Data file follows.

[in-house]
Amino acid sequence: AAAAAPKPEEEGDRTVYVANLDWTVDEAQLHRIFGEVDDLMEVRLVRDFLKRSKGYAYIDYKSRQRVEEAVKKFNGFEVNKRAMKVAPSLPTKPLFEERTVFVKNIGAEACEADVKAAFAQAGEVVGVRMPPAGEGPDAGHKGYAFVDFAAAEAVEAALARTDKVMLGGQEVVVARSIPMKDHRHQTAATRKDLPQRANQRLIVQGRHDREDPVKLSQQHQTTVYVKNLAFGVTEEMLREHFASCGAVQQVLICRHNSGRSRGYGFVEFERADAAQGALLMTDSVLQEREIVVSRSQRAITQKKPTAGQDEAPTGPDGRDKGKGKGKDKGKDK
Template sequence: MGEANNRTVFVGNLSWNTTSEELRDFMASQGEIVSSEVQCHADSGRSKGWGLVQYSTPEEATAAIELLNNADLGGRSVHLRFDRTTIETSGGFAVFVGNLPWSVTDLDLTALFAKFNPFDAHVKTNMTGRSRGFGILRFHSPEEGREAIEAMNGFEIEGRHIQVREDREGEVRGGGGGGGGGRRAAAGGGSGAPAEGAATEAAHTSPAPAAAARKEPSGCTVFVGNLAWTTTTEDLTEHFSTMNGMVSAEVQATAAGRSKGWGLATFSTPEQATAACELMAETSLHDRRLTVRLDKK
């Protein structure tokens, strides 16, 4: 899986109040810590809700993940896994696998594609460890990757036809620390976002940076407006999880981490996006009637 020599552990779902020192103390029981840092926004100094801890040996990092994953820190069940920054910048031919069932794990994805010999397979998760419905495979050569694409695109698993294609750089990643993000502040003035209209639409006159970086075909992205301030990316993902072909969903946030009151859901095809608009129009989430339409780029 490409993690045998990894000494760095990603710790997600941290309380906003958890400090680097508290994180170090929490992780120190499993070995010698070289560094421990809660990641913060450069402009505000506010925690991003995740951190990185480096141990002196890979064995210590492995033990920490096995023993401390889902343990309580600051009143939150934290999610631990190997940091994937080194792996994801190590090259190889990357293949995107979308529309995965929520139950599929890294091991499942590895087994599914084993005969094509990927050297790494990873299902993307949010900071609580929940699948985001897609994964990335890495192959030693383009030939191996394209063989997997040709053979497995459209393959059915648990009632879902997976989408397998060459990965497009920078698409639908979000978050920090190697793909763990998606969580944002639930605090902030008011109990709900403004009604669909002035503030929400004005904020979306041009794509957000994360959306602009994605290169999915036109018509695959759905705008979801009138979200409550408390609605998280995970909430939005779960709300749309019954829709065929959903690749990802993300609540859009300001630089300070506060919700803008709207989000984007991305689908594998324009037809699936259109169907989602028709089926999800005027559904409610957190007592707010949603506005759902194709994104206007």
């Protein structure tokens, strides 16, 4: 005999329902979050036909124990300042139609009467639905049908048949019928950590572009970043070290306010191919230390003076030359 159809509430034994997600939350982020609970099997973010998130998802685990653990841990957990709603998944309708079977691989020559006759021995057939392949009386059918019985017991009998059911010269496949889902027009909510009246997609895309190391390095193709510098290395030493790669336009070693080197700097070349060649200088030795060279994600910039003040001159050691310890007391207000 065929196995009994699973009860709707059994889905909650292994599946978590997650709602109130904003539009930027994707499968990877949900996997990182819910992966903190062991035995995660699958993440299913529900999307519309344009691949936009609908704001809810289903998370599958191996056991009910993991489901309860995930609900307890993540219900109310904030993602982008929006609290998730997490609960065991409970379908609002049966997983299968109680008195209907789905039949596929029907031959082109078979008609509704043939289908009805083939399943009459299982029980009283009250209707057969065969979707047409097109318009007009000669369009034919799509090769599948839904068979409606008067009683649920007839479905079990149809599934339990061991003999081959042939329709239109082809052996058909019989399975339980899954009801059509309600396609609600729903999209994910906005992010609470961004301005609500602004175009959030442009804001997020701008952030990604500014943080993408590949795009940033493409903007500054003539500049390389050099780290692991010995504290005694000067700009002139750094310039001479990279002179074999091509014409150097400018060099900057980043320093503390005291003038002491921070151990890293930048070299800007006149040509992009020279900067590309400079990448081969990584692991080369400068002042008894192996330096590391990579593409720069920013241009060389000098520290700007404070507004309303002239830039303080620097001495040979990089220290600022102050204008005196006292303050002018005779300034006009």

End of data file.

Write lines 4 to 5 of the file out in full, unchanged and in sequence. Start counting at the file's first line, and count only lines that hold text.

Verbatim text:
């Protein structure tokens, strides 16, 4: 899986109040810590809700993940896994696998594609460890990757036809620390976002940076407006999880981490996006009637 020599552990779902020192103390029981840092926004100094801890040996990092994953820190069940920054910048031919069932794990994805010999397979998760419905495979050569694409695109698993294609750089990643993000502040003035209209639409006159970086075909992205301030990316993902072909969903946030009151859901095809608009129009989430339409780029 490409993690045998990894000494760095990603710790997600941290309380906003958890400090680097508290994180170090929490992780120190499993070995010698070289560094421990809660990641913060450069402009505000506010925690991003995740951190990185480096141990002196890979064995210590492995033990920490096995023993401390889902343990309580600051009143939150934290999610631990190997940091994937080194792996994801190590090259190889990357293949995107979308529309995965929520139950599929890294091991499942590895087994599914084993005969094509990927050297790494990873299902993307949010900071609580929940699948985001897609994964990335890495192959030693383009030939191996394209063989997997040709053979497995459209393959059915648990009632879902997976989408397998060459990965497009920078698409639908979000978050920090190697793909763990998606969580944002639930605090902030008011109990709900403004009604669909002035503030929400004005904020979306041009794509957000994360959306602009994605290169999915036109018509695959759905705008979801009138979200409550408390609605998280995970909430939005779960709300749309019954829709065929959903690749990802993300609540859009300001630089300070506060919700803008709207989000984007991305689908594998324009037809699936259109169907989602028709089926999800005027559904409610957190007592707010949603506005759902194709994104206007």
């Protein structure tokens, strides 16, 4: 005999329902979050036909124990300042139609009467639905049908048949019928950590572009970043070290306010191919230390003076030359 159809509430034994997600939350982020609970099997973010998130998802685990653990841990957990709603998944309708079977691989020559006759021995057939392949009386059918019985017991009998059911010269496949889902027009909510009246997609895309190391390095193709510098290395030493790669336009070693080197700097070349060649200088030795060279994600910039003040001159050691310890007391207000 065929196995009994699973009860709707059994889905909650292994599946978590997650709602109130904003539009930027994707499968990877949900996997990182819910992966903190062991035995995660699958993440299913529900999307519309344009691949936009609908704001809810289903998370599958191996056991009910993991489901309860995930609900307890993540219900109310904030993602982008929006609290998730997490609960065991409970379908609002049966997983299968109680008195209907789905039949596929029907031959082109078979008609509704043939289908009805083939399943009459299982029980009283009250209707057969065969979707047409097109318009007009000669369009034919799509090769599948839904068979409606008067009683649920007839479905079990149809599934339990061991003999081959042939329709239109082809052996058909019989399975339980899954009801059509309600396609609600729903999209994910906005992010609470961004301005609500602004175009959030442009804001997020701008952030990604500014943080993408590949795009940033493409903007500054003539500049390389050099780290692991010995504290005694000067700009002139750094310039001479990279002179074999091509014409150097400018060099900057980043320093503390005291003038002491921070151990890293930048070299800007006149040509992009020279900067590309400079990448081969990584692991080369400068002042008894192996330096590391990579593409720069920013241009060389000098520290700007404070507004309303002239830039303080620097001495040979990089220290600022102050204008005196006292303050002018005779300034006009």